I’m building a system consisting of a Couchbase server and a mobile app which should sync with the server.
Right now, according to the stats available on Couchbase server, my bucket takes around 40MB of storage space. I guess it includes both data and indexes.
I was wondering if I have to expect the same storage space requirements on the mobile devices, or perhaps Couchbase Lite, which is based on SLite, is implemented in a way that will require less storage space.
CBL tends to be lighter weight. Also, most use cases don’t end up replicating all the data to a mobile app. This all depends on what you’re doing, though, so you’ll have to see.
Storage footprint can be a consideration for how you model your data. If it seems like the database will be too big, you might spend some time thinking how you can rework you models to let you reduce size.
In my case I’ll need to sync the whole database: all data need to be accessible to users.
Thank you for the advice.
Regardless, even with the whole data set, it will not be as big as it is on Server. Server has to store additional information besides the actual contents of the document. Mobile does too, but it’s not nearly as much and it is compressed into our binary format for storage of the body.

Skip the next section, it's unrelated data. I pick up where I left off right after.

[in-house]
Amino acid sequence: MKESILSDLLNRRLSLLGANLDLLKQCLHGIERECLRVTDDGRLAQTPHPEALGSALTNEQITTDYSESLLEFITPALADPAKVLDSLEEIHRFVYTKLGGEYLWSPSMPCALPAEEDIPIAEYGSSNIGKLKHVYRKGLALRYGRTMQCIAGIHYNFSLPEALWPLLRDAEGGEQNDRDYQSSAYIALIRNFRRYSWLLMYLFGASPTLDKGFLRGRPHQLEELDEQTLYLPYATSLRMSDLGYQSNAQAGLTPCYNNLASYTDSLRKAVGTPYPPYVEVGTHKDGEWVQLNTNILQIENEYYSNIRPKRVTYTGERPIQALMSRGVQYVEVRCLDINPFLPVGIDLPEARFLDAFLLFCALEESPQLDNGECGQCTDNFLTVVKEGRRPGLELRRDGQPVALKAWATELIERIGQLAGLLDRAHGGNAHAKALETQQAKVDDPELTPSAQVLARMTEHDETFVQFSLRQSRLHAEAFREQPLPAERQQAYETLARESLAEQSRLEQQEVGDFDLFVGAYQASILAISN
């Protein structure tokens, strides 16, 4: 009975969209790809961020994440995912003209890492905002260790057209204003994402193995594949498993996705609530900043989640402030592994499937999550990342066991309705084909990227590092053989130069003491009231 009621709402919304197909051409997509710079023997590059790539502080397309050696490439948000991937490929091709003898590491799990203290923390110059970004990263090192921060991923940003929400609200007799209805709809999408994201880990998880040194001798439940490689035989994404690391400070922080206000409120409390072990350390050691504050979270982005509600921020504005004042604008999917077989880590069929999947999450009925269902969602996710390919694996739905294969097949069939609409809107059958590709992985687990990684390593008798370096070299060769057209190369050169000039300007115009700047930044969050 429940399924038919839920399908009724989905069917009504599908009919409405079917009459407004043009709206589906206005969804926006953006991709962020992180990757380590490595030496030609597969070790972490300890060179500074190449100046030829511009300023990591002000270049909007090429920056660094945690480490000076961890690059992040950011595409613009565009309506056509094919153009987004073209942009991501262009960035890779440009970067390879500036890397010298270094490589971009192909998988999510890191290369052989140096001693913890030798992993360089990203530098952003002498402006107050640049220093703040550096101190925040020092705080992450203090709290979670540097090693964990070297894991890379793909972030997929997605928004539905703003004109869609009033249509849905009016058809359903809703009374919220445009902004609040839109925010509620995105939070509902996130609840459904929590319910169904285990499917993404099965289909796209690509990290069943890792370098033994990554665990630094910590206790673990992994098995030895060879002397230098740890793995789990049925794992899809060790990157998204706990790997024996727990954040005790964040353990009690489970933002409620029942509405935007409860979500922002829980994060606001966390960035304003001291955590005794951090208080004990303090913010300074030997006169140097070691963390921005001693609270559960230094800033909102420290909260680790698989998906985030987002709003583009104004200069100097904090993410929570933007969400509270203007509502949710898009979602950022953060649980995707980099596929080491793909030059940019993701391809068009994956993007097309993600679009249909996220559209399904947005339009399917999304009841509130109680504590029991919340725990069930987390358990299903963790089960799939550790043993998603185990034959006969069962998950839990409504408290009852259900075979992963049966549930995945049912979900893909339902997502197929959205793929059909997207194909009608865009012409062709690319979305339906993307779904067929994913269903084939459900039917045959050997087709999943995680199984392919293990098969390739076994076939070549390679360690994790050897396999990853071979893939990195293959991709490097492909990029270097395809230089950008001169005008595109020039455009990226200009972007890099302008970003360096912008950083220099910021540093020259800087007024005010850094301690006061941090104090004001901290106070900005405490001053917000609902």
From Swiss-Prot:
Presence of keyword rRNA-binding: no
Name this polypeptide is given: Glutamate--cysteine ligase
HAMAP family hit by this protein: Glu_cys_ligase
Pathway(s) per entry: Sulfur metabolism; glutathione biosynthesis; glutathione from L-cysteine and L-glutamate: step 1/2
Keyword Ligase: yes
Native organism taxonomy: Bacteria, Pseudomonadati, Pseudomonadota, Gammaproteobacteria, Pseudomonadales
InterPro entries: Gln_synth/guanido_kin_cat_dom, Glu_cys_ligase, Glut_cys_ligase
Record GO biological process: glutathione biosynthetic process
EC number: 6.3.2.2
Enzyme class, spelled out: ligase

However I suppose the best way to find out is to try. Unfortunately our unofficial tool for doing this has fallen out of date but all you need is a desktop application that will set up a one shot replication against the admin port of sync gateway (Or a user with access to all channels on the public port) and wait for it to finish. After that you can find the actual database on the filesystem and inspect it. The underlying file format being SQLite means that you can trust that it will be very close to the same size on all platforms (depending on the filesystem and its block size, etc, etc, but no more deviance than probably 1 MB as a rough uninformed guess)
You’d have to try it out. I’m not actually sure how Server measures the data size of a bucket, whether it includes metadata and such.
Couchbase Lite 2 databases will be somewhat smaller because internally we use a binary encoding that compresses most dictionary keys down to 1 or 2 bytes.